After a light day the day before, I was going to trek from just south of Jacksonville all the way to the boatyard. I didn't get started very early and spent a good part of the morning getting my mail and giving The Moose a wash. It was going to be dark by the time I got to Navassa, so I picked a spot to stop in South Carolina and booked another cheap motel. 


In some little town off I-95, somewhere past Florence, I checked into the motel I had booked. There was a Waffle House across the road, a Huddle House next door, and a sprinkling of the usual fast food joints. One of my goals in this new segment of my life is to eat healthier than I had while truckdriving. Toward that end, I walked past the Huddle House and the Backyard Burgers to get a salad at Wendy’s. The Backyard was closing and I was concerned about Wendy’s, but a car came around their building to the drive thru window. They must still be open. 

As I walked around the building, I could see that all the chairs were up on the tables. Pre-COVID this would have been a bad sign, but nowadays it’s often just to regulate social distancing or to indicate no dining in. Three or four employees were sitting around a table in one of the booths. I opened the door and stepped inside to find the booth of employees staring at me blankly. 

“Are you open?” I asked slowly. 

“Yes, baby, but drive thru only” came the answer. 

Even if I hadn’t already parked after a long day, the drive thru wasn’t going to do me any good as the van is too tall.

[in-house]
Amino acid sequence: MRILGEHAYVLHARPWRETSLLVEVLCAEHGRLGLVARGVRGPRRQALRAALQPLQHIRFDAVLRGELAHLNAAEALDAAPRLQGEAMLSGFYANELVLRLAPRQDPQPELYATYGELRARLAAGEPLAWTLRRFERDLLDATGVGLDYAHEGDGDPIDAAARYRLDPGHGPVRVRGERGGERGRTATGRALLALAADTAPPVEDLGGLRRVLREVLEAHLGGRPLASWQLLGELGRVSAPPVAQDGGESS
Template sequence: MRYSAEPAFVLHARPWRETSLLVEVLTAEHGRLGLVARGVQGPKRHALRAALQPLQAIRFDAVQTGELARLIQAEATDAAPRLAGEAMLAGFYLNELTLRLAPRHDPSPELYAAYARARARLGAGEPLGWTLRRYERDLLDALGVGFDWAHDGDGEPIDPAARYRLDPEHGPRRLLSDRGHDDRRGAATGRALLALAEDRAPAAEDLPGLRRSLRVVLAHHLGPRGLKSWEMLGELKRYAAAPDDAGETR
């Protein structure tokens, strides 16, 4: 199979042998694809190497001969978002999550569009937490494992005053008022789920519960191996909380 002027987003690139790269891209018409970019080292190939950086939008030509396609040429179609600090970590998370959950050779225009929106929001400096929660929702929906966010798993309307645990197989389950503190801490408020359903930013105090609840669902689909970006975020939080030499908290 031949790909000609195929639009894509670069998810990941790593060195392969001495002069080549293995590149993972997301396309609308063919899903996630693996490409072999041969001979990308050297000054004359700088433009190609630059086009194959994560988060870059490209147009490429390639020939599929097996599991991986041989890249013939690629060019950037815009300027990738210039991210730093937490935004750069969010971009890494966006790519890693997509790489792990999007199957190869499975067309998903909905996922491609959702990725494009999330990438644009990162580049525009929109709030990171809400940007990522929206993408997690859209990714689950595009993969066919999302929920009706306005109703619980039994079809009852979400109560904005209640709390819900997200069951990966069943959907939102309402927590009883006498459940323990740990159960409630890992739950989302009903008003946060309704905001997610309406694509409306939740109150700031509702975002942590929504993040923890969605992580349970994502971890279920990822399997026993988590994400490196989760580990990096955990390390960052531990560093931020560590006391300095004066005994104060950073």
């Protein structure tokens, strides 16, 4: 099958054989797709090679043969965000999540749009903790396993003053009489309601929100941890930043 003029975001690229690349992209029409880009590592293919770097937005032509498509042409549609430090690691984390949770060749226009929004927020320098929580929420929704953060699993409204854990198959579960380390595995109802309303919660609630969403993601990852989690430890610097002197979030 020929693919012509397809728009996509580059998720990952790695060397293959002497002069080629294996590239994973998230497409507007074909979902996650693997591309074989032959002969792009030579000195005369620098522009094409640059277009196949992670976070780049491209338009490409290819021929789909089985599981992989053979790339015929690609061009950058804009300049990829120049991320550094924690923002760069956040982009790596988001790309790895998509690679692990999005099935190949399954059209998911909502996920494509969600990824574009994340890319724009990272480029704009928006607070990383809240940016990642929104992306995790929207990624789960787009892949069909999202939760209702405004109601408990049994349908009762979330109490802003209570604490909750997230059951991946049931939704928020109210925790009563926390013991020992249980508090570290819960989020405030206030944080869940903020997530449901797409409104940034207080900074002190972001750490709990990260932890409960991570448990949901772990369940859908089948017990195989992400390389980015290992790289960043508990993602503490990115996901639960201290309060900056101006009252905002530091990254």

I walked back into the cool night. 

Generally, I prefer a Waffle House to a Huddle House, but the road was pretty busy for a Monday night. Big noisy pickups and thumping cars careened back and forth, pulsing in and out of driveways as the fast food joints began to close. 

Hungry, tired, and chagrined, I stumbled back to the Huddle House. 

Inside the Huddle, several booths were occupied and a couple employees acted busy behind the counter. It was curious how busy they thought they were, for nearly every other table was covered with dirty dishes, wadded napkins, and scattered flatware. I waited to catch someone’s eye and eventually got the same blank stare. 

“Sit anywhere?”I asked. She just nodded. 

Two booths looked available. The first was right next to the passage in and out of the grill area, so I kept walking. As I approached the very last booth in the back, I could see that the table was covered with puddles of water. The dishes had been cleared but the table never got wiped down. 

I went back to the table by the grill. 

There is nothing healthy to eat at a Huddle House, nor a Waffle House for that matter. That’s not the point. I had breakfast after dark and stumbled back to the motel. 


The next morning was an easy jaunt up I-95 and across US74 to the boatyard. 


I was back. 

Time to finish the work I had started. We are going to be back in the water this summer.  

Unbeknown to me, the yard had been very busy while I was gone. Just down the Cape Fear River is Southport, North Carolina. The Southport Marina was devastated by Hurricane Isaiah in 2020. The docks and all the boats had been swept ashore and piled up at the clubhouse porch. Thirty five boats were brought to Cape Fear Boat Works for repairs. They are just now getting back to a normal schedule. 

Ruth Ann has spent the last ten months or so out in the yard. Sam and his good people were going to move my boat back near power and water but hadn’t yet by the time I arrived. 

I spent a couple days organizing The Moose, cleaning up and preparing. After a couple days, the yard launched another boat and moved Ruth Ann into the vacant spot. I moved my tool trailer over next to her, set up camp, and got to work. 

More about that … next time.